“The men’s division returned to growth led by fleece tops and bottoms as well as pants, which all did well throughout the quarter. Women’s contributed nicely to the growth acceleration with balance across categories,” said Horowitz. “We saw improved traffic trends across both stores and digital channels, which helped show teen customers the changes we have made to the assortment. Importantly, the Hollister team continue to seek opportunities to reduce discounts and promotions while tightly managing inventory levels, further supporting [average unit retail] and gross profit rate expansion in the quarter.”

The company is also looking at its international markets as another growth channel. During the quarter, sales in Europe, the Middle East and Africa were up 19%, led by the U.K. and Germany. In the Asia Pacific region, sales were up 10%, led by China.

“Our teams continue to localize our assortments and operations, and we’ve made strategic investments in marketing to drive brand awareness in these two key EMEA markets,” Horowitz said of the U.K. and Germany on a call with analysts. “We saw great digital engagement conversion from new marketing campaigns along with the benefit of new store experiences, particularly in Greater London.”

Horowitz said the company believes there’s “more runway ahead in both regions,” and the strong quarter is more proof that the “playbook is working.”

Over the last six years, Abercrombie has been working to transform itself from an exclusionary retailer that used loud branding and shirtless models to drive sales into a company that’s focused on inclusivity and geared toward working millennials.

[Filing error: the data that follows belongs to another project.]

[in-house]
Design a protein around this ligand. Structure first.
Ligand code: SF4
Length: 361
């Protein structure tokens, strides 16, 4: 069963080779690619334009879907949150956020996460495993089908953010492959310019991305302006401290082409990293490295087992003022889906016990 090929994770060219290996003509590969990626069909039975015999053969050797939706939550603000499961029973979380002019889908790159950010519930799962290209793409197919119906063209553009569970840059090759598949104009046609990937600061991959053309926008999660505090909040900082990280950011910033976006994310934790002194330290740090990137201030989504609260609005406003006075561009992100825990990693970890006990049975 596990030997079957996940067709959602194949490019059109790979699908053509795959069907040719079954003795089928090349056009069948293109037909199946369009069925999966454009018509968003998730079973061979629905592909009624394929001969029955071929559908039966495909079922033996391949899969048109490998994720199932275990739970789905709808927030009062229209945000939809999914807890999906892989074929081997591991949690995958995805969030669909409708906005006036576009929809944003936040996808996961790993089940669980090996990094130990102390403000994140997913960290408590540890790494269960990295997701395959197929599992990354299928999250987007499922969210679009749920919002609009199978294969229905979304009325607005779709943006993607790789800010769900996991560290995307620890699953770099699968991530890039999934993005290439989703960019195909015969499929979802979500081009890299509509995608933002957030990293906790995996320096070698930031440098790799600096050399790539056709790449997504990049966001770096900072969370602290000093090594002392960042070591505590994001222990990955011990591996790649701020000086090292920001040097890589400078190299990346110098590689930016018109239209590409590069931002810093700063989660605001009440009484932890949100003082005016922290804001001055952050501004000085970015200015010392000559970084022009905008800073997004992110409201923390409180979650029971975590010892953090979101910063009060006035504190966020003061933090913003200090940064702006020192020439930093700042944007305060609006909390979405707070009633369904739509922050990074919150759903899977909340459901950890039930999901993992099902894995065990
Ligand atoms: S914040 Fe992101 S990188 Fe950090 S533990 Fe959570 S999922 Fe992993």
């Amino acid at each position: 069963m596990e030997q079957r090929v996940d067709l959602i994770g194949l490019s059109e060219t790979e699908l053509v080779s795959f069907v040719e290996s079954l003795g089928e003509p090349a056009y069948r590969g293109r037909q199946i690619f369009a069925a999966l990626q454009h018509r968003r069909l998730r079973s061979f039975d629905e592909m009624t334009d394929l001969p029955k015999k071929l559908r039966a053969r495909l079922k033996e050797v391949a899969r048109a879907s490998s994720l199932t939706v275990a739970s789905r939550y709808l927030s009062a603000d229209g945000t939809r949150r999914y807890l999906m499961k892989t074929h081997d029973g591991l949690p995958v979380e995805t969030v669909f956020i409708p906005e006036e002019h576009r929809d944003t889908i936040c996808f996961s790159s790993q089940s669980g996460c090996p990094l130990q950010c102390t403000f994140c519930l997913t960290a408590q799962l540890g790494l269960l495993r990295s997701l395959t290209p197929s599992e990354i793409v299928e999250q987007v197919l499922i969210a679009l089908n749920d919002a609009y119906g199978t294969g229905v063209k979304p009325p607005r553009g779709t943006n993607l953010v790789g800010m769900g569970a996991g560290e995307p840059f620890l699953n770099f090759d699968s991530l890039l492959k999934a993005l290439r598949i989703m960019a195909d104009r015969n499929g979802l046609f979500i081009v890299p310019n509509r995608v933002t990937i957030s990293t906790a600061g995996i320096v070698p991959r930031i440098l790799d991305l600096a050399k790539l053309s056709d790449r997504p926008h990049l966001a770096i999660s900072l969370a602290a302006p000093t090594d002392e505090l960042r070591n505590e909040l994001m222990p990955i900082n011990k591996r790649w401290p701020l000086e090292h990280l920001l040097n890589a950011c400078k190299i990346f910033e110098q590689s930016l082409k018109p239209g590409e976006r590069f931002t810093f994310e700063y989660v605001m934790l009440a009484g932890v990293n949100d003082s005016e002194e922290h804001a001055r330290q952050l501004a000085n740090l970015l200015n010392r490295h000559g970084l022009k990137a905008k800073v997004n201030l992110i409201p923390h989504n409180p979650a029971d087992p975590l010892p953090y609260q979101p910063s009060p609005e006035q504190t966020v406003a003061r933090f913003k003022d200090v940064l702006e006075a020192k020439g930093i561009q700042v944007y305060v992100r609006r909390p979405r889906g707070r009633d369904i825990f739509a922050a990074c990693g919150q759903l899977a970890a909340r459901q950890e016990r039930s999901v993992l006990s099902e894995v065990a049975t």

Beyond changing its product assortment and overhauling its stores, another crucial aspect of Abercrombie’s success has been its marketing engine, and how it has relied on influencers and affiliates to communicate its rebrand and market its styles.

In an interview with CNBC, CEO Horowitz said Abercrombie’s affiliates and influencers continue to be a “very big part of our business” and its marketing strategy going forward. 

“That user-generated content that they create is something that really resonates with our consumer,” said Horowitz. 

“People count on and believe their friends and their peers more than they believe on what a company is telling you, and we’ve learned that through the ages,” she said.

Consumers surveyed in EY’s Future Consumer Index, which includes insights from more than 23,000 consumers in 30 countries, echoed that perspective. 

The survey found that the majority of respondents, 74%, find influencer product recommendations trustworthy, while 61% said they bought a product solely based on an influencer’s recommendation or promotion. 

Abercrombie’s transformation is years in the making, but began to bear fruit in 2023 when the retailer posted a 16% annual sales gain at the same time the U.S. apparel market shrunk. Its stock surged 285% in 2023 and is up another 73% so far this year as of Tuesday’s close, outpacing the S&P 500’s gains of 11%. 

Read the full earnings release here